Seminar Series

Internal structure and water routing contrasts between a debris-covered glacier and a rock glacier using multiple geophysical methods in a semiarid glacier complex


Gonzalo Navarro, Shelley MacDonell & Rémi Valois


Lincoln University

Time & Place

Thu, 22 Sep 2022 16:00:54 NZST in ER 263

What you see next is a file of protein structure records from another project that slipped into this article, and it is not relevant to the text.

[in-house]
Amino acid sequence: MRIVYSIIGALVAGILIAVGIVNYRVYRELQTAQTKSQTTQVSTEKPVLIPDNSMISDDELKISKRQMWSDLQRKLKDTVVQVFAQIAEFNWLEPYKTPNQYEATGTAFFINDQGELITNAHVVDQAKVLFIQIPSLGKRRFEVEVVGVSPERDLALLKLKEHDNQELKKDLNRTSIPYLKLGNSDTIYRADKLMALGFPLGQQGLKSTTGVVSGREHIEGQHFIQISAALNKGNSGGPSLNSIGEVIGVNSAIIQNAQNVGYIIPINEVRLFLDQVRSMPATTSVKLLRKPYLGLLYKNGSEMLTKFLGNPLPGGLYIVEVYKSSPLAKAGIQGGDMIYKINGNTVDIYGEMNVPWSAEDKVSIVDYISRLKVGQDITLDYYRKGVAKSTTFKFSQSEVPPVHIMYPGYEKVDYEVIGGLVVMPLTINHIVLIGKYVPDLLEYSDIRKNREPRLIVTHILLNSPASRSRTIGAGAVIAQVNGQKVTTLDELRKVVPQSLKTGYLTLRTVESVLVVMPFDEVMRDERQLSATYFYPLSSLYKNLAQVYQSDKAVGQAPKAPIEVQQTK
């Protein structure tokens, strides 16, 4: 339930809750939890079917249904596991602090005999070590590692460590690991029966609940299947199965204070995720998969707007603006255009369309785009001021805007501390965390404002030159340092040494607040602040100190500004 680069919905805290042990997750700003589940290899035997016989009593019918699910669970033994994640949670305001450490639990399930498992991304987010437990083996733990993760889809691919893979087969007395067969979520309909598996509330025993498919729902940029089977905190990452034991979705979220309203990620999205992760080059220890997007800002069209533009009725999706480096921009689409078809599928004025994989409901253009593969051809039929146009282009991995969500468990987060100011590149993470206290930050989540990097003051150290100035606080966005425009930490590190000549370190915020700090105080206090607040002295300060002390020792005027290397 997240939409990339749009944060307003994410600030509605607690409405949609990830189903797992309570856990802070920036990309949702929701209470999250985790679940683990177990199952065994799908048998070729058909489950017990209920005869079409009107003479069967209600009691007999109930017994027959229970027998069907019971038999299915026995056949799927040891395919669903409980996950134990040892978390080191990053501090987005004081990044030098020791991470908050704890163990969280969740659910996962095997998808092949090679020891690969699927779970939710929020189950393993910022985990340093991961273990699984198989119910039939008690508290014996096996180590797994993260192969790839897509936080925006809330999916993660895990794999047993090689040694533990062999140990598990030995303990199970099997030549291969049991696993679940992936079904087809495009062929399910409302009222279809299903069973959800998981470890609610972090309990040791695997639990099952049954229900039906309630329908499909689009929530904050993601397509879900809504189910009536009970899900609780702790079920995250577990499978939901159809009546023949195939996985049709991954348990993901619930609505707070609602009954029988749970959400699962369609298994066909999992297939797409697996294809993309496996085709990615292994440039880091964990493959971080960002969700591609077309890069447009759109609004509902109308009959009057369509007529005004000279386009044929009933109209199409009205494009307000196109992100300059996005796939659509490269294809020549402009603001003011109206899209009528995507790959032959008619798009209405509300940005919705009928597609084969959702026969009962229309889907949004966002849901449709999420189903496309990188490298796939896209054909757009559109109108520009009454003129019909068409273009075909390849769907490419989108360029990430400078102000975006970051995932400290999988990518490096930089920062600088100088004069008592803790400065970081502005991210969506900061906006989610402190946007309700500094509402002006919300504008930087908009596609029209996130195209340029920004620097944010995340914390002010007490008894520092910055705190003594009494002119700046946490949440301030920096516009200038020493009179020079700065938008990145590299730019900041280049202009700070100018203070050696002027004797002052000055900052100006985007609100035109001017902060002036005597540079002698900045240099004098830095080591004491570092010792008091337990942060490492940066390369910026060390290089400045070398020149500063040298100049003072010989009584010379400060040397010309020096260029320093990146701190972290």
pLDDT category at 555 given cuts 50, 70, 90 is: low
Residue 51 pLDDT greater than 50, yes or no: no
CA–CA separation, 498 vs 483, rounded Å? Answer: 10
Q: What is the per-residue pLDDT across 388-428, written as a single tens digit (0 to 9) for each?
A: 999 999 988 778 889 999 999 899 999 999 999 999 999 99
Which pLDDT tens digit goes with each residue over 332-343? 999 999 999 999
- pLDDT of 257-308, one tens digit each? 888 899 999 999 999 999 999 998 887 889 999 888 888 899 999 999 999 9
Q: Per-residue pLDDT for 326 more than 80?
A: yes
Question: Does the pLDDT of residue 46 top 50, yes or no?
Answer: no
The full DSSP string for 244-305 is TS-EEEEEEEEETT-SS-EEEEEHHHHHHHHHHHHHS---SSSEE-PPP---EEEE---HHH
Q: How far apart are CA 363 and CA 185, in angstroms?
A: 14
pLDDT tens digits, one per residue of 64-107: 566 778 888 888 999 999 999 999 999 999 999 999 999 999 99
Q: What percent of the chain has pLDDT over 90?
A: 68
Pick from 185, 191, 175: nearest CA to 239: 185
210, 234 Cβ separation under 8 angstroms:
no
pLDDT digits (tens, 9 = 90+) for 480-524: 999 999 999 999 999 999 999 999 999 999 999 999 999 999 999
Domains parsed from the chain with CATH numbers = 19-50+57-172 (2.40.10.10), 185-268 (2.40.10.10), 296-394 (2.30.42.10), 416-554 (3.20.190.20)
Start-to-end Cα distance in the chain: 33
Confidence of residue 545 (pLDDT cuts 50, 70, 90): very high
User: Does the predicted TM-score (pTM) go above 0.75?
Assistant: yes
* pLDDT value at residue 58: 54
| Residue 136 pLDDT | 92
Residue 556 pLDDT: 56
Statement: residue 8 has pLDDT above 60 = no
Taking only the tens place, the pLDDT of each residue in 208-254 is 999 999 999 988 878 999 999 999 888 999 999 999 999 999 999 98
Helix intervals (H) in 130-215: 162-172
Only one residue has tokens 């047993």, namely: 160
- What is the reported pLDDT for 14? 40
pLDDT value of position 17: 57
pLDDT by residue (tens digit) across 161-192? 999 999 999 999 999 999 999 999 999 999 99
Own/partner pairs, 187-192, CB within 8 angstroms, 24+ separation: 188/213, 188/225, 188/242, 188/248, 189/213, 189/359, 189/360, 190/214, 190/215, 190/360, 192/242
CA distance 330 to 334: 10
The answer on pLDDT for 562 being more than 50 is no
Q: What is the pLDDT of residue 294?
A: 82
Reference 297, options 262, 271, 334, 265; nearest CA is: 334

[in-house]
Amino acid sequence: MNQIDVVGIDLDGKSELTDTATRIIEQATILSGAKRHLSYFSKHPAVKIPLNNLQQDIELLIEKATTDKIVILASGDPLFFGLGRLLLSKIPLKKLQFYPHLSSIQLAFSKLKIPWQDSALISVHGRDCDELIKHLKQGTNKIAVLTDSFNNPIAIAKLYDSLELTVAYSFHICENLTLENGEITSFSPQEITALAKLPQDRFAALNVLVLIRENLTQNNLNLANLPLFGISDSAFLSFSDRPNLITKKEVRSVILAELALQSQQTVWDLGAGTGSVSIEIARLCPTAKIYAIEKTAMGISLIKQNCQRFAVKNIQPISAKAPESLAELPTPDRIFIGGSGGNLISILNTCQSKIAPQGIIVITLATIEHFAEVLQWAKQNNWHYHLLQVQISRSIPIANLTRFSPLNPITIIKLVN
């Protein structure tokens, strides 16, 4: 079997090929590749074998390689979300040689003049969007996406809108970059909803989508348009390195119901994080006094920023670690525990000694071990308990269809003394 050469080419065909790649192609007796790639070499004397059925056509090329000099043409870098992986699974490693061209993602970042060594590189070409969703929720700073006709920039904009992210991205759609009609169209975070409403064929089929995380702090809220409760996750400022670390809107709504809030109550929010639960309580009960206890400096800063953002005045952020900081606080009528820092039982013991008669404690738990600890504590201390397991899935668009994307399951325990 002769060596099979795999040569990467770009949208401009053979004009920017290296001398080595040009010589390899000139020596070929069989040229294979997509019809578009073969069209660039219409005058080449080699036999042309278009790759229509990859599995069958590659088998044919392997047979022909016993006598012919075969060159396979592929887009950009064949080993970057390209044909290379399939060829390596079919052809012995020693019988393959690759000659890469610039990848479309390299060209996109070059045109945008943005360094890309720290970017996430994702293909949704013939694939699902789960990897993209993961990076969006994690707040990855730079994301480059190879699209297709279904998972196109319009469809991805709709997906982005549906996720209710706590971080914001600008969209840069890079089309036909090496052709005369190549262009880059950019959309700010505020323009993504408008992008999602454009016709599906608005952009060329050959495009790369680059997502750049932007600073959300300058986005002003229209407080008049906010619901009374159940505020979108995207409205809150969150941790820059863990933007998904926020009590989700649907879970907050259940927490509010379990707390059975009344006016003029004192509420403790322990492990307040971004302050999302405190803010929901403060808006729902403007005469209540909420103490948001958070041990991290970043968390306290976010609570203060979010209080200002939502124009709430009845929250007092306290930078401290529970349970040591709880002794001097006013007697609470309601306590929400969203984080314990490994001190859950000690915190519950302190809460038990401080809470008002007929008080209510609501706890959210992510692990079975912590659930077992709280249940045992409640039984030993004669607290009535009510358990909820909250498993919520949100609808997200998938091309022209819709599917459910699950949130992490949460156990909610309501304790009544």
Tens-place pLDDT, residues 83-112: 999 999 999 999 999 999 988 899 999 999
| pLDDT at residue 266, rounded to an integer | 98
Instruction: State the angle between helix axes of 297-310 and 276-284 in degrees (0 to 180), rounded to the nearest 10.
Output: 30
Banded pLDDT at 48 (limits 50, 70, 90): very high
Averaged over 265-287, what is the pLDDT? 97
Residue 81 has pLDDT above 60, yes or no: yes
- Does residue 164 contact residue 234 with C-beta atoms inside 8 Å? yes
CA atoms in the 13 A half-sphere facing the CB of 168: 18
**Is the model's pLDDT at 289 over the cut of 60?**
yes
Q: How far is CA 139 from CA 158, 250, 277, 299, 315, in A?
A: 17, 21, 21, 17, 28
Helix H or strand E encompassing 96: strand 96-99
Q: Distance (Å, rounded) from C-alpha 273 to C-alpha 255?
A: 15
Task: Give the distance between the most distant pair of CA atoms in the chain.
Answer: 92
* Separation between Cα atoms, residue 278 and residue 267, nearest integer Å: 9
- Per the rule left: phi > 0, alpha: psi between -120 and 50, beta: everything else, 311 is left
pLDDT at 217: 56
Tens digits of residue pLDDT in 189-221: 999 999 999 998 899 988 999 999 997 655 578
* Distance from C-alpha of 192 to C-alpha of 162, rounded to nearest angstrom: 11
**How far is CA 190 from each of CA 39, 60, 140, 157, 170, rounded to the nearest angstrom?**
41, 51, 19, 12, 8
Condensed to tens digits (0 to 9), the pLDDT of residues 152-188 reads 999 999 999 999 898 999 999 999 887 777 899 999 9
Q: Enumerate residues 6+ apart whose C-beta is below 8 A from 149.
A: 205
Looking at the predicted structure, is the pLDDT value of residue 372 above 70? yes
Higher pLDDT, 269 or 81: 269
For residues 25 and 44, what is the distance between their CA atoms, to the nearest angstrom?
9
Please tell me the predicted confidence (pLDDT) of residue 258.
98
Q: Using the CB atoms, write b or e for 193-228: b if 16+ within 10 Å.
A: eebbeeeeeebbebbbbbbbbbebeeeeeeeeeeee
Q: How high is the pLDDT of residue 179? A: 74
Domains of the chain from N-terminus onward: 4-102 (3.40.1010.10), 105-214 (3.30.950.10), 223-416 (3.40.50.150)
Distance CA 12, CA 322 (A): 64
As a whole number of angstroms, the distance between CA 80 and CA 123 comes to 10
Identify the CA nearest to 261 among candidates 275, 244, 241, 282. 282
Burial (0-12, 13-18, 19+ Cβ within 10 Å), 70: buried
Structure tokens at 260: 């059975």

Rock glaciers are the most abundant glacial landform in the Semiarid Andes (SA, 27-34°S), covering about three times the area of mountain glaciers. Recent studies suggest they possibly play an important hydrological role, including producing, routing and storing water. However, the details of this role are still contentious. These processes are also particularly complicated in glacier complexes (ie where there is a juxtaposition of glacial types and landforms), which are common in semiarid areas like the Dry Andes or Himalayas. This study aims to determine internal structure and potential hydrological routing pathways of different glacial landforms, using a series of geophysical surveys in the Tapado glacier complex, Chilean SA (30°S, >4200 m asl). The results suggest that while the debris-covered glacier shows probable hydrological routing zones exclusively in the area above the buried massive ice, the rock glacier would have more hydrological transfer routes downstream due to its fragmented ice structure, with vertical passages that could conduct water channeled from the thawing ice or from water coming from upstream, and with sub-horizontal pathways beneath the main ice-rock bodies. This work contributes to a better understanding of the hydrology of headwaters catchments in dry environments, where runoff is originated and where complex interactions between diverse landforms occur.

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